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'You've Got Mail:' Correspondence at Its Finest

by Kathleen A. Hunter
 | Aug 26, 2014
'You've Got Mail:' Correspondence at Its Finest
photo credit: sleepyneko via photopin cc

A few years ago while on vacation in Scotland, I had a serendipitous meeting with a fellow educator. We were all waiting with our families at the train station, he was heading further north to Perthshire and we were heading back to London. We struck up a conversation about what else—teaching—and compared notes about the similarities and differences between our teaching cultures. As our respective trains arrived, we exchanged contact information with hopes of continuing a dialogue. Our future conversations evolved into something we never expected. Our students developed wonderful friendships via old fashioned pen and paper letters. Thus began the Pen Pal Project.

With the new school year comes the anticipation of all the new lessons that goes with it. We always like to start off with something new, exciting, and a little bit different but still meet all the requirements of the Common Core. The Pen Pal Project my Scotland friend and I collaborated on will help you cover many facets of literacy and you’ll have a piece of work or two for your students’ portfolios. As an extra bonus, if you start now, your students will have the continuity of writing to their pen pals over the entire year. The letters are a beautiful way to develop both friendships and literacy that can last a lifetime.

The Art of Letter Writing

If you have not already touched on the mechanics and format of writing a friendly letter, now is the perfect time. I used a poster-sized sheet of lined notebook paper and tacked it on the wall. With my students’ help, we wrote a letter to our principal asking about her recent holiday. That served as our model example for their future letter writing.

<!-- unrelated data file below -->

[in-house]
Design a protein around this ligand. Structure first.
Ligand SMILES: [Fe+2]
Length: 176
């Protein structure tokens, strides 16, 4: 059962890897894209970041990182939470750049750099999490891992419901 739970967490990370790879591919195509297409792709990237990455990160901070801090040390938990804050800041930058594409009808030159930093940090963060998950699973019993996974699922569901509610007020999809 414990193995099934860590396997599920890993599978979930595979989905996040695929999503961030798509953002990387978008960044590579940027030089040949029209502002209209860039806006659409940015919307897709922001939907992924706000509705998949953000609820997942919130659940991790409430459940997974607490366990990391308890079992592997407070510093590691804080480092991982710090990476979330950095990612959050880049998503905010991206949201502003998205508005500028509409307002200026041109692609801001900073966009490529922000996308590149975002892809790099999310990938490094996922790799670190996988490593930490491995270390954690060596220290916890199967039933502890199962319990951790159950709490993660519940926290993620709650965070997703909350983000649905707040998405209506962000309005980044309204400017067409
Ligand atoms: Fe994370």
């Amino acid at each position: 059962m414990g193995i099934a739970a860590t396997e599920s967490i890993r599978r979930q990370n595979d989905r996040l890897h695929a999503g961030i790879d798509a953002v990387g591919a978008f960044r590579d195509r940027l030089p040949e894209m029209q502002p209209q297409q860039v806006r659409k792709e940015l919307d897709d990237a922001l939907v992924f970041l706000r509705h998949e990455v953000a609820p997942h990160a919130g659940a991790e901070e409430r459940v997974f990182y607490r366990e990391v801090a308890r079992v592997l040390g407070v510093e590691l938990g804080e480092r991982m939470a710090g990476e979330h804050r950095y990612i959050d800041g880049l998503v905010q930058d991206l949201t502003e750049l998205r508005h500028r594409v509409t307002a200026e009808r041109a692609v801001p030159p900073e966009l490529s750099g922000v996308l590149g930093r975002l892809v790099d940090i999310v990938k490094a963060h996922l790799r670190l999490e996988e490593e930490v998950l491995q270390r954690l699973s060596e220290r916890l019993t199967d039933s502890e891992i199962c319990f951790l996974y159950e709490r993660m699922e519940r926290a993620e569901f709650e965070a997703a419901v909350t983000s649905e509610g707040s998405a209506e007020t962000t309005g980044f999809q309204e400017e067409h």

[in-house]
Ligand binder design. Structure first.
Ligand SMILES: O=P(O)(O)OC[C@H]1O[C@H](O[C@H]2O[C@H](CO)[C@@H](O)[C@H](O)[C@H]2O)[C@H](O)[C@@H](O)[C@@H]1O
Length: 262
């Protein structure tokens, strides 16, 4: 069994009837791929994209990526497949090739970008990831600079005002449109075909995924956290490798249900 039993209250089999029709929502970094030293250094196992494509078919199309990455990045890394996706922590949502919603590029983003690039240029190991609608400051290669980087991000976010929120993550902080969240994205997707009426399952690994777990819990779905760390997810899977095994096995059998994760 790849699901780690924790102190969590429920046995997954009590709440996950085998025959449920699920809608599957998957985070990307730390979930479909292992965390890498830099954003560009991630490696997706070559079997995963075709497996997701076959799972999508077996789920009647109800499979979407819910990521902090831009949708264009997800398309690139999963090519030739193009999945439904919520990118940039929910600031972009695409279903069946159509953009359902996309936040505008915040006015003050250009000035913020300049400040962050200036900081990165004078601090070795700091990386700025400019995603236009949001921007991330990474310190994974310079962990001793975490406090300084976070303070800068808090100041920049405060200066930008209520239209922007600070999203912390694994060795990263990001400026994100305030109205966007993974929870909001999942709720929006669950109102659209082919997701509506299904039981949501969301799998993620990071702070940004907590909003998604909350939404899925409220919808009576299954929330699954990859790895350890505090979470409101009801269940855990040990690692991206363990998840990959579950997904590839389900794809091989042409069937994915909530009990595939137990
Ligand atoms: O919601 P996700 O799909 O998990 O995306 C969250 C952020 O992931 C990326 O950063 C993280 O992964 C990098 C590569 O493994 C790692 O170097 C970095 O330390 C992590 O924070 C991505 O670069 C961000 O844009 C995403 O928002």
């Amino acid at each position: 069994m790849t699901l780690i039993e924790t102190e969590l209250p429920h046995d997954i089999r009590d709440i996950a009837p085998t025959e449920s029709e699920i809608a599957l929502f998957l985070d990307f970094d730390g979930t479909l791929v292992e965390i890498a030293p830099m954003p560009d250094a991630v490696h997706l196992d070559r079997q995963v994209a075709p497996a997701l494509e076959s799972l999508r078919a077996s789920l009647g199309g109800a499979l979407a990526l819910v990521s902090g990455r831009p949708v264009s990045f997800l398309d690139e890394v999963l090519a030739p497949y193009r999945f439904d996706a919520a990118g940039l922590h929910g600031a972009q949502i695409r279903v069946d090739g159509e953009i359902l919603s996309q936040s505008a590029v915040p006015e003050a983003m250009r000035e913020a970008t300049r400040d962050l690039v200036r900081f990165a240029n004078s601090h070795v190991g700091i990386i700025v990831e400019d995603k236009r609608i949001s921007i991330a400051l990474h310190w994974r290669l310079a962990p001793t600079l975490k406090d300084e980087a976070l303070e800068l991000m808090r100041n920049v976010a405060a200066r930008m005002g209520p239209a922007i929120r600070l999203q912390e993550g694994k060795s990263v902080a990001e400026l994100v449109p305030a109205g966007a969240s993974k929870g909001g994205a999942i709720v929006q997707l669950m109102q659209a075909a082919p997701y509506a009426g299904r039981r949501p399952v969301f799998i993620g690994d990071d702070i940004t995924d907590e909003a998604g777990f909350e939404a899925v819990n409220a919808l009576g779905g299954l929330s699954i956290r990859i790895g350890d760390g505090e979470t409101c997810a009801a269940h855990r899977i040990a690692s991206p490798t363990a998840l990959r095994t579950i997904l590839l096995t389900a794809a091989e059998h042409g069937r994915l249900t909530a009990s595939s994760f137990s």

The key ingredients to a friendly letter are:

  • Heading: September 1, 2014. I like to stress writing out the month. It’s more formal, but a good habit to get into as your students progress through school and enter the business world.
  • Salutation: Dear (pen pal’s name):
  • Body: I suggest starting by asking about the person to whom you are writing. Then go into talking about yourself. Keep in mind how we generally greet people—we ask how they are doing. A written letter works the same way.
  • Closing: “Your new pen pal” is one suggestion. Ask your students to brainstorm other suggestions they might use.
  • Signature: Aahhhh! An especially perfect time to use cursive. However, if your students do not yet know how to form the cursive letters, legibly printed letters are perfectly fine.

As your students engage in the art of writing letters, it is a wonderful opportunity for them to learn and practice penmanship. Occasionally, I overhear conversations between adults commiserating about how their adult children do not know how to sign their names in cursive. Or, worse yet, they don’t know how to read cursive. Yes, so much communication today is done via technology, but there are still important situations where “going old school” with handwritten correspondence is necessary or desired.